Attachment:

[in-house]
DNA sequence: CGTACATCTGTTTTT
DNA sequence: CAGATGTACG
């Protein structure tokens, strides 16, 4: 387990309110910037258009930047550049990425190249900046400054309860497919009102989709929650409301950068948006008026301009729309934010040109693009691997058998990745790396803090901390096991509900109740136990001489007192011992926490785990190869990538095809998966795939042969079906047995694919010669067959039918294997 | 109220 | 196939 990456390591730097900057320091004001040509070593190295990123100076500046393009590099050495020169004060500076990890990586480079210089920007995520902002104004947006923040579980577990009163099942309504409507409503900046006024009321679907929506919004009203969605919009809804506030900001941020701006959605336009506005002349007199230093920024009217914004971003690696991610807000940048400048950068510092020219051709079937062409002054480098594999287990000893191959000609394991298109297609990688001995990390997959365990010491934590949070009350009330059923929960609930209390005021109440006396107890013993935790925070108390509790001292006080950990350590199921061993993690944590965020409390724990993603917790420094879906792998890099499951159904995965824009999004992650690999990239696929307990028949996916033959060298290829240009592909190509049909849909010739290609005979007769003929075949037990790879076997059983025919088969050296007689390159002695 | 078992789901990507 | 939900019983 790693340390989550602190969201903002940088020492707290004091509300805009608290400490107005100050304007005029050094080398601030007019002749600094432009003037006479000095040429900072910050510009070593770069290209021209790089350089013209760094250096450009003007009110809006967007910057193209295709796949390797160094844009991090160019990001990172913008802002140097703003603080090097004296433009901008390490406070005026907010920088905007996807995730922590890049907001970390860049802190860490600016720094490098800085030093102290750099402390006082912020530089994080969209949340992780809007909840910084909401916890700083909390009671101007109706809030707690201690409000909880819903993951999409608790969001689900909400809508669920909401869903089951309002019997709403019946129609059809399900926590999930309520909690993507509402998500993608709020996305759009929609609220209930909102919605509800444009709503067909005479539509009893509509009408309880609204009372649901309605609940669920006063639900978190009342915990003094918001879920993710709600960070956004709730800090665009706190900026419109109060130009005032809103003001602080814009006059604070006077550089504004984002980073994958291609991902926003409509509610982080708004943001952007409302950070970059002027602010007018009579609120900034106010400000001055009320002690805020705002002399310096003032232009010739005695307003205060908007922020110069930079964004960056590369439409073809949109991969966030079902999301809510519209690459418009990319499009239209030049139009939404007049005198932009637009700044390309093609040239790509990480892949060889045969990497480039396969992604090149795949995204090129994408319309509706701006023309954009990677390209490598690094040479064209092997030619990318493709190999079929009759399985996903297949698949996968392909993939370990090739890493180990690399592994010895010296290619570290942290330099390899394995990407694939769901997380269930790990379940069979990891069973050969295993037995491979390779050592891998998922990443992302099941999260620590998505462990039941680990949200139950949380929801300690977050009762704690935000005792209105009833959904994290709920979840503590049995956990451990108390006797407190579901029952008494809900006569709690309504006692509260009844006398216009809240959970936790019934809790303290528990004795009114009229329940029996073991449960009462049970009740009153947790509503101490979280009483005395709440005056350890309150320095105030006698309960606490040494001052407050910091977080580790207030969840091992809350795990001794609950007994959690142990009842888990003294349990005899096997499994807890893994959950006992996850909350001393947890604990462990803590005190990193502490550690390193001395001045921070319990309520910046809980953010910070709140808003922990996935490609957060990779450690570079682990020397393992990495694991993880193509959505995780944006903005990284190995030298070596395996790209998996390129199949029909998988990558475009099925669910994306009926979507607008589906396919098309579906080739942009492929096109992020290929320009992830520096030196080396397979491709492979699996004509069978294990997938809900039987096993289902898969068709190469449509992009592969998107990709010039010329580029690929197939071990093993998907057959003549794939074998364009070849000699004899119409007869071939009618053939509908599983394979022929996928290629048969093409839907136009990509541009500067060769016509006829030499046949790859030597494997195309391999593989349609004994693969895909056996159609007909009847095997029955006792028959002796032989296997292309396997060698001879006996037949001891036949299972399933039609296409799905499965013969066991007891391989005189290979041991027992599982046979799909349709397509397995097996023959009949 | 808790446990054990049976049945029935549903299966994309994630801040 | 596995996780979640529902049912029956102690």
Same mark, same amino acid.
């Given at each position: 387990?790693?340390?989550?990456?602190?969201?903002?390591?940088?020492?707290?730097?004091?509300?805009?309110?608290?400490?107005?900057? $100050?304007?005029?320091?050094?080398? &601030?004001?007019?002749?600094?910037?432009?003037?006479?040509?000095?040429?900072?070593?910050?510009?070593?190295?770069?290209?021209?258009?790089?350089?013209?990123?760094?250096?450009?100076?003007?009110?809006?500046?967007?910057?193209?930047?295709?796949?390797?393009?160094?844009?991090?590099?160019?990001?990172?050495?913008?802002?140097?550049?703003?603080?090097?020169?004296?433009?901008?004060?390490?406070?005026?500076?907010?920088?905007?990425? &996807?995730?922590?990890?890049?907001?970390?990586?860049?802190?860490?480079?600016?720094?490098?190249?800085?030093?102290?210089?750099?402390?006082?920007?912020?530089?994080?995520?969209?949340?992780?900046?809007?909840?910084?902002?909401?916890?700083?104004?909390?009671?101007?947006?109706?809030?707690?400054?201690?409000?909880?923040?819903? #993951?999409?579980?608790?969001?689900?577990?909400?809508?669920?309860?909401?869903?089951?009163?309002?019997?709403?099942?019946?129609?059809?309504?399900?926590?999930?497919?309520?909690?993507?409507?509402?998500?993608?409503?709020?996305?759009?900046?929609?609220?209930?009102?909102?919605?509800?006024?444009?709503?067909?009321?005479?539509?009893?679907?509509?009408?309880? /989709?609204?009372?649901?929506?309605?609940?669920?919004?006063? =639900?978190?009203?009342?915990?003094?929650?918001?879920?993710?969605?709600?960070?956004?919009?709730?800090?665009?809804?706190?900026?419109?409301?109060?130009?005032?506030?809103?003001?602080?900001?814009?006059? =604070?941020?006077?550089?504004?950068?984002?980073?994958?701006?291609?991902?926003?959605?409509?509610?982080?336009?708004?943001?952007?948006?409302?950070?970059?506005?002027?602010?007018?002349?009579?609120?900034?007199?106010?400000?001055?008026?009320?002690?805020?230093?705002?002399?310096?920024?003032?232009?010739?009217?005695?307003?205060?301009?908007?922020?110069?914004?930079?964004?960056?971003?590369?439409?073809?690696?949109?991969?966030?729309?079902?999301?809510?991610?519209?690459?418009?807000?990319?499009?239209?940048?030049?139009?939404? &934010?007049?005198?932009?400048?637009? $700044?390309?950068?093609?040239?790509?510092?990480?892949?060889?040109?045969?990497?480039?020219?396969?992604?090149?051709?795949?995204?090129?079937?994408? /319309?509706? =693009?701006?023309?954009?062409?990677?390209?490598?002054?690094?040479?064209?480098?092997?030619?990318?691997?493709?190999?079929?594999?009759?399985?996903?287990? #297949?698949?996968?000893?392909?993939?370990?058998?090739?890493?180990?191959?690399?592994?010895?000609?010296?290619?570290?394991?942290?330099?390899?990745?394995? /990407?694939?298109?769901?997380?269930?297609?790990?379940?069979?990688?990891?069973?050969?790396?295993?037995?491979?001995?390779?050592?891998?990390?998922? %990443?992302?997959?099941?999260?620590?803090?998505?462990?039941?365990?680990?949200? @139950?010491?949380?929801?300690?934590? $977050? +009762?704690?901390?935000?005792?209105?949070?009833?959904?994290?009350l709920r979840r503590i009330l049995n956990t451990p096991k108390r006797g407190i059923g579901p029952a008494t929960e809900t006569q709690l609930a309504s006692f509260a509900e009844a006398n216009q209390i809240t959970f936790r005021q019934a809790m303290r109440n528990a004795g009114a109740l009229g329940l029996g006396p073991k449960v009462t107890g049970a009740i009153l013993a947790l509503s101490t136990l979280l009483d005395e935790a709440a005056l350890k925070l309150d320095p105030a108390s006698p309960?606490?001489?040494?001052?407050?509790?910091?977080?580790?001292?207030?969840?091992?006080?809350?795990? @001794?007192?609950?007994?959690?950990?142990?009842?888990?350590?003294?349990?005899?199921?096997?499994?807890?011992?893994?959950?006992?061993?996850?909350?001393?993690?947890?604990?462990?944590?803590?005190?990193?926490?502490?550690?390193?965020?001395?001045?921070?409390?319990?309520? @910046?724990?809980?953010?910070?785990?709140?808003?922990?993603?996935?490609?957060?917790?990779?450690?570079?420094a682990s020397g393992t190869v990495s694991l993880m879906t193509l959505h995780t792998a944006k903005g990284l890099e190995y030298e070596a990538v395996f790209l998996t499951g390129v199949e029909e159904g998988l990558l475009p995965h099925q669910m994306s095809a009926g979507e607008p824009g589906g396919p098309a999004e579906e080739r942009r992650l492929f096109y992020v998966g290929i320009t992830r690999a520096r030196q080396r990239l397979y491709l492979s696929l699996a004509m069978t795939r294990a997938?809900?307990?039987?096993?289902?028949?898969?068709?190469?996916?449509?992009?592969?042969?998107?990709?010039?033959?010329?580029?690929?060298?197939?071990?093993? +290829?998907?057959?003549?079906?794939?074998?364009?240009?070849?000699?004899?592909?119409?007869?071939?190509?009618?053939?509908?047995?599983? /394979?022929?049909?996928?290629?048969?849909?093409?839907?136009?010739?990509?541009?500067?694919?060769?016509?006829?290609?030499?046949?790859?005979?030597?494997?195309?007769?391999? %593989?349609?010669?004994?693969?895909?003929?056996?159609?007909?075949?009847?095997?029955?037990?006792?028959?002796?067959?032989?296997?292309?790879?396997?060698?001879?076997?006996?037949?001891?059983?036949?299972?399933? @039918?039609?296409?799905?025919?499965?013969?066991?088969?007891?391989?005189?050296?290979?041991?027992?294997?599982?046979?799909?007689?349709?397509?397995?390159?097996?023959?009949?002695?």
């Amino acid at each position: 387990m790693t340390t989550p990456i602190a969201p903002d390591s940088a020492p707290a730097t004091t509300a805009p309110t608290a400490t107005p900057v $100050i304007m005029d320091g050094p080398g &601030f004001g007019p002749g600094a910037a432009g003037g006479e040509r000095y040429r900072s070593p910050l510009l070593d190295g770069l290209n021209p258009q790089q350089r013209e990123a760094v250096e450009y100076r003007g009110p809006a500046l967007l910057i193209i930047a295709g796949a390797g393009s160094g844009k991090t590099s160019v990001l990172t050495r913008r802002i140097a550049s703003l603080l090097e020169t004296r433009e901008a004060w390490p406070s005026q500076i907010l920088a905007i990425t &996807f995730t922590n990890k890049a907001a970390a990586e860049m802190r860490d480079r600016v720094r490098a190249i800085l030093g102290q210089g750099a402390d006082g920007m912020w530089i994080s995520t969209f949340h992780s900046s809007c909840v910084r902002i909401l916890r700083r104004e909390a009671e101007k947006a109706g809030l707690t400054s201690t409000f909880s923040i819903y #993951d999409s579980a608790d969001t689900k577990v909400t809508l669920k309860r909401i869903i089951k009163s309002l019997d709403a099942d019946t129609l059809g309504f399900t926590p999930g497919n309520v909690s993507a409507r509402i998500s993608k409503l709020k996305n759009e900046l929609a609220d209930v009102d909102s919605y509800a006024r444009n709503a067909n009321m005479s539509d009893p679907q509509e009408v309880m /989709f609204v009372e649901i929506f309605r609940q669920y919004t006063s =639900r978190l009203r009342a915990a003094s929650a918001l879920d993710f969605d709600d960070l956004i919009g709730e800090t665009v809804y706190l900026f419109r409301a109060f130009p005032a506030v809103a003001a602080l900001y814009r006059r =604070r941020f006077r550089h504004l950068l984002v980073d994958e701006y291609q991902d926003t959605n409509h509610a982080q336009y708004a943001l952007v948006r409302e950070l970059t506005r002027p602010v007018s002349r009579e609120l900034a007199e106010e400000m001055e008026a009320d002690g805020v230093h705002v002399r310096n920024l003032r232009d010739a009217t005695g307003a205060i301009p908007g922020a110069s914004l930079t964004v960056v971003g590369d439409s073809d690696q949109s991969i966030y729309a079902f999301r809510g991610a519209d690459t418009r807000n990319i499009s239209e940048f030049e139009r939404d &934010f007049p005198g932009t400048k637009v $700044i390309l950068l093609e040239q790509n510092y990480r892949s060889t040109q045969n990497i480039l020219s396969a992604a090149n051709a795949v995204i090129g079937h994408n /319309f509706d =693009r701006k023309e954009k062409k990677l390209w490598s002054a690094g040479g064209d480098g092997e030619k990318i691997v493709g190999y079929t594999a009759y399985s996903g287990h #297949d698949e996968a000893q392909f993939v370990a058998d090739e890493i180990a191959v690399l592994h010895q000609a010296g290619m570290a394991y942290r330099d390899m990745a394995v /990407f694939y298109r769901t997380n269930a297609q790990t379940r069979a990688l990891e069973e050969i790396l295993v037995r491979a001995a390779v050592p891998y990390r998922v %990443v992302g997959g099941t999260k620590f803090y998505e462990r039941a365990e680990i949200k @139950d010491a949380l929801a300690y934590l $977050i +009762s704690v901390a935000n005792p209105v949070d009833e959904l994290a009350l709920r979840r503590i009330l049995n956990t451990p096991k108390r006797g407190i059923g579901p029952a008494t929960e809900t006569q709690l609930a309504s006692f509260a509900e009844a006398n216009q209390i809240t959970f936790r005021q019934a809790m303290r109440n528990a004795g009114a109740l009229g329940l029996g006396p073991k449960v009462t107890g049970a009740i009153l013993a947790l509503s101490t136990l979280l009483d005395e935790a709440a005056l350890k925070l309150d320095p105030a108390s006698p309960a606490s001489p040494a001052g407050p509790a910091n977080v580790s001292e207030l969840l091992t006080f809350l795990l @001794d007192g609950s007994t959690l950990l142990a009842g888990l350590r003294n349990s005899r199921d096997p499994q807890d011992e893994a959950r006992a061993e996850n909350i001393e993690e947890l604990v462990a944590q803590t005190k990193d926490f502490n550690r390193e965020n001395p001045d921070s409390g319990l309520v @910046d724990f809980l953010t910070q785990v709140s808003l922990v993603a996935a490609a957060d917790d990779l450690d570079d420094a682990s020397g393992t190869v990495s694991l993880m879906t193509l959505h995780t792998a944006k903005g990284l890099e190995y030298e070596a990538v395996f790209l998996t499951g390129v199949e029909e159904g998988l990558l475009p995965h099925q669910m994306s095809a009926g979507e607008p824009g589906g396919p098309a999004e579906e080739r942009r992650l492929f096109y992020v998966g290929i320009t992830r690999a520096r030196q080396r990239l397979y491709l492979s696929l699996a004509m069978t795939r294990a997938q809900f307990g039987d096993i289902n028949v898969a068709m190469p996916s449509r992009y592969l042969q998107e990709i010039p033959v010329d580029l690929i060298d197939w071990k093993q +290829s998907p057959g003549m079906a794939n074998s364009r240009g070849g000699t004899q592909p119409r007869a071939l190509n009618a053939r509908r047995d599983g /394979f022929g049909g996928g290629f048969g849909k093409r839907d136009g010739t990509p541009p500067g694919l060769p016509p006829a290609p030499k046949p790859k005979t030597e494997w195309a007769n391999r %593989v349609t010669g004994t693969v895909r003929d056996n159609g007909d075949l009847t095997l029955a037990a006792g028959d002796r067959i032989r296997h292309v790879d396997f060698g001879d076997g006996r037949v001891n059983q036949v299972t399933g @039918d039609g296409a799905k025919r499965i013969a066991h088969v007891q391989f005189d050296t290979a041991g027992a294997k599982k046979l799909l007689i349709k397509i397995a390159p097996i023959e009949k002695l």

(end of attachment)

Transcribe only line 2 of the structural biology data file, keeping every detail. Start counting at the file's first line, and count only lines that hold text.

DNA sequence: CGTACATCTGTTTTT